Make sure they have the necessary information to successfully purchase from you.
7.
Utilize social media.
Spend a few dollars on ads, if you can budget it.
Social media is full of potential customers.
With an added emphasis on supporting restaurants, there’s never been a better time to advertise for yourself, especially if you’re now incorporating delivery into your offerings.
#TakeoutTuesday has also begun trending online and utilizing those tags in your posts while also staying properly staffed for the potential influx of customers should be part of your new preparation process.
Take advantage of other online advertisement opportunities.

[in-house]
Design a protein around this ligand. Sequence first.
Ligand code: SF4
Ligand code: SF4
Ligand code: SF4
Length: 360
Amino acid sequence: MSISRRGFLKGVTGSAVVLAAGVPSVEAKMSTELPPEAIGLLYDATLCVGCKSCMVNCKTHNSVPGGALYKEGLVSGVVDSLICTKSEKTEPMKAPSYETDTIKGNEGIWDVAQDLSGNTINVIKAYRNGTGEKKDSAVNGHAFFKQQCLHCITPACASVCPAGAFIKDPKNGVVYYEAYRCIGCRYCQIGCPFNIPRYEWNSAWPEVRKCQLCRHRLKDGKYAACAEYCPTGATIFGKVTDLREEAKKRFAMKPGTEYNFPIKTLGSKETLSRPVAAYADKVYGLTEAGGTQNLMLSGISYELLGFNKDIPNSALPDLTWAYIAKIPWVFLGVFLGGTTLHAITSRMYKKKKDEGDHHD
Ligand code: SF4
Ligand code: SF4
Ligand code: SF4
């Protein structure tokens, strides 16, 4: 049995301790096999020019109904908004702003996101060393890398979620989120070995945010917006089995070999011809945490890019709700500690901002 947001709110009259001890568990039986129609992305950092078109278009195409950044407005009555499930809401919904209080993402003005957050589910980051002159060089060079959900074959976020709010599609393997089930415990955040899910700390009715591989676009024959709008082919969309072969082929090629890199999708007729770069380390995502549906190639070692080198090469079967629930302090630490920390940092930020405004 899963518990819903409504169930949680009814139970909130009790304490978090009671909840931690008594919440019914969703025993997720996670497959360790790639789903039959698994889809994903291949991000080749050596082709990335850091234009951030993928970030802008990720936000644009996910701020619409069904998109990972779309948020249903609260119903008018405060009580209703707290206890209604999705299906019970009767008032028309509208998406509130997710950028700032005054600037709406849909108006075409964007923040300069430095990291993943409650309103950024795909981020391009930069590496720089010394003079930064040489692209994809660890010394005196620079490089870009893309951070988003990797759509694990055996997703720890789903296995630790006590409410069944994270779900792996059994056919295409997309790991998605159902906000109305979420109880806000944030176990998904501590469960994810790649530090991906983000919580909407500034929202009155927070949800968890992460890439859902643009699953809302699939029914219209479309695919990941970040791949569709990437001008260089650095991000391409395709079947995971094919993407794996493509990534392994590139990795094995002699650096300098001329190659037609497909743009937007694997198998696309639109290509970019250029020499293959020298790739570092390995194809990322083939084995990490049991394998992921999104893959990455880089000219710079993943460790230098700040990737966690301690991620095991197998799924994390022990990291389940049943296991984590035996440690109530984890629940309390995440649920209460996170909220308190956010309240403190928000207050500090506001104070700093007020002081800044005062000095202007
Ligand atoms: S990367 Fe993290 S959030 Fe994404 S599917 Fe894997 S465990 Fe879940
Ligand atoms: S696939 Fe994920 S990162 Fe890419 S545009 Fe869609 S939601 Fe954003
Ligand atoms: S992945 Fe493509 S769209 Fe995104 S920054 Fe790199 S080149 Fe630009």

Yelp is offering free upgrades to Yelp pages

waived fees and other services.
8.
Reach out to local news outlets.
In line with increasing your social media presence, broaden your media coverage.
Several news outlets are compiling lists of local restaurants still in operation for readers to grab takeout or delivery from.
Check out neighborhood groups and resources to further dial into your customer base.
Tapping into neighborhood groups will also set your delivery drivers up for shorter trips.
We’re incredibly grateful to our partners who allow us to provide these resources to our customer base and beyond.
If you’re interested in further consultation, we’d be glad to help you through your transition into a delivery-first environment.
Looking for more tips.

Check out our COVID-19 Resources for Restaurants page